Once the colourful flourish of spring wildflowers is over, the woodland takes on every hue of green as summer establishes itself. The annual race for the available sunlight has been won by the tall trees of the canopy and the browned stems of the once glorious bluebells stand in the shade cast across the woodland floor. The frenetic activity of the territorial birds has long since receded. Nesting season is largely done and their urgent singing has mellowed to an occasional call to keep in touch. So, to find the highlights of the summer woodland, we need to look in different places. Here are a few ideas to keep an eye out for as you walk through the summer woods.
On the occasional hotter days at Fingle you might feel like slowing down and taking your time, so find a patch of brambles in a sunny spot and take a break. The humble bramble in a sunlit spot can be the centre of attention for many species of pollinating insects at this time of year and well worth a look. Spend a few minutes watching the different woodland butterflies that visit the rapidly fading pale pink flowers. They are in a hurry to feed on the bramble’s nectar before the transformation to glossy blackberries marks the end of summer.
Woodland butterflies feed on the nectar of brambles while the early pollinated flowers are becoming unripe berries
Stand beneath the trees and look up to where signs of the changing seasons are evident throughout the broadleaved canopy. The smaller trees and shrubs are bearing nuts and berries, not yet ripe but well-formed and growing in their fertility. Where fragrant clusters of blossom adorned the rowan trees, bunches of berries hang, deepening their colour to become flame red. On the hazel trees, bundles of nuts are growing. The green shells sit in their leafy bracts but the hazelnut inside won’t be ripe for some weeks yet. Each year the abundance of nuts and berries varies and, this time round, it looks like it will be a bumper year for hazel. While you are in the woods, have a look at the hazel nut clusters and see how many hang together in groups.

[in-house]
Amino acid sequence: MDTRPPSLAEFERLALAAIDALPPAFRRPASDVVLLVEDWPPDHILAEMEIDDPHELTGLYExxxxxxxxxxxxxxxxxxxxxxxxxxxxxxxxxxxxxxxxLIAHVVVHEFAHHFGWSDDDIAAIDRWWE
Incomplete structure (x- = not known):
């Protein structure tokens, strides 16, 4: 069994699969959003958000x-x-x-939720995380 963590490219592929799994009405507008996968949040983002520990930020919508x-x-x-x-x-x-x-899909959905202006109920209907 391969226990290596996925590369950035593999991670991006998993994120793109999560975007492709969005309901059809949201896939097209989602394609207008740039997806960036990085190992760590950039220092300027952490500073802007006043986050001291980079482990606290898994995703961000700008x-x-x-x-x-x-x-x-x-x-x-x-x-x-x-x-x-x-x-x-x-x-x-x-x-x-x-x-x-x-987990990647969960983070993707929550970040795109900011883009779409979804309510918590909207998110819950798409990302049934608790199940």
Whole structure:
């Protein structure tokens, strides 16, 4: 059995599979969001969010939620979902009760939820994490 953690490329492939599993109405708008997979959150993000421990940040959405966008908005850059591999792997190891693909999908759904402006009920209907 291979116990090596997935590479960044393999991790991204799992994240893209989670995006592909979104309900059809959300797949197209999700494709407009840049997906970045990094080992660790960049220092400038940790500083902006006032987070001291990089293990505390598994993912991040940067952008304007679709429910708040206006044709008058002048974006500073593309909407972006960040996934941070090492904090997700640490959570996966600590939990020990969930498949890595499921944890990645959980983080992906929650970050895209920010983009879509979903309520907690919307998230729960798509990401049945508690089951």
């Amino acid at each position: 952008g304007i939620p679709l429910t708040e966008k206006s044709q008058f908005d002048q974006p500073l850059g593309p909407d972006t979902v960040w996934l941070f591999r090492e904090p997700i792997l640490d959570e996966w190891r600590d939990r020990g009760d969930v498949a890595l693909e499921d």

After an initial spring growth of the twigs of the oak trees, a second spurt appears in the summer. This set of fleshy new foliage on a tender new twig is known as “Lammas growth”. Lammas is an ancient summer festival that used to mark the first harvest of wheat but, in the woods, this fleshy growth can be seen on many trees; the oak is one of the easiest to spot. Enjoy a walk in the oak woods on Lammas Day, the first day of August, and have a look.
If your adventure brings you into the woods at evening you may find yourself in the company of bats. Recent studies at Fingle Woods have recorded the calls of a number of species; some of them, such as the barbastelle and greater horseshoe bat are rare, but there are some more common ones that you could recognise at dusk. The pipistrelle is a small bat that swirls above you while you walk along the tracks. The Daubenton’s bat forages over the surface of the river with a darting flight and, if you are in Fingle with children, they may even be able to hear the bats’ high-frequency calls.
[Daubenton’s bat sound recording from the Bat Conservation Trust]
Another resident riverside mammal is the otter which, during a darkening evening, if you are really lucky, you may be able to see one …. Just maybe!
by Matt Parkins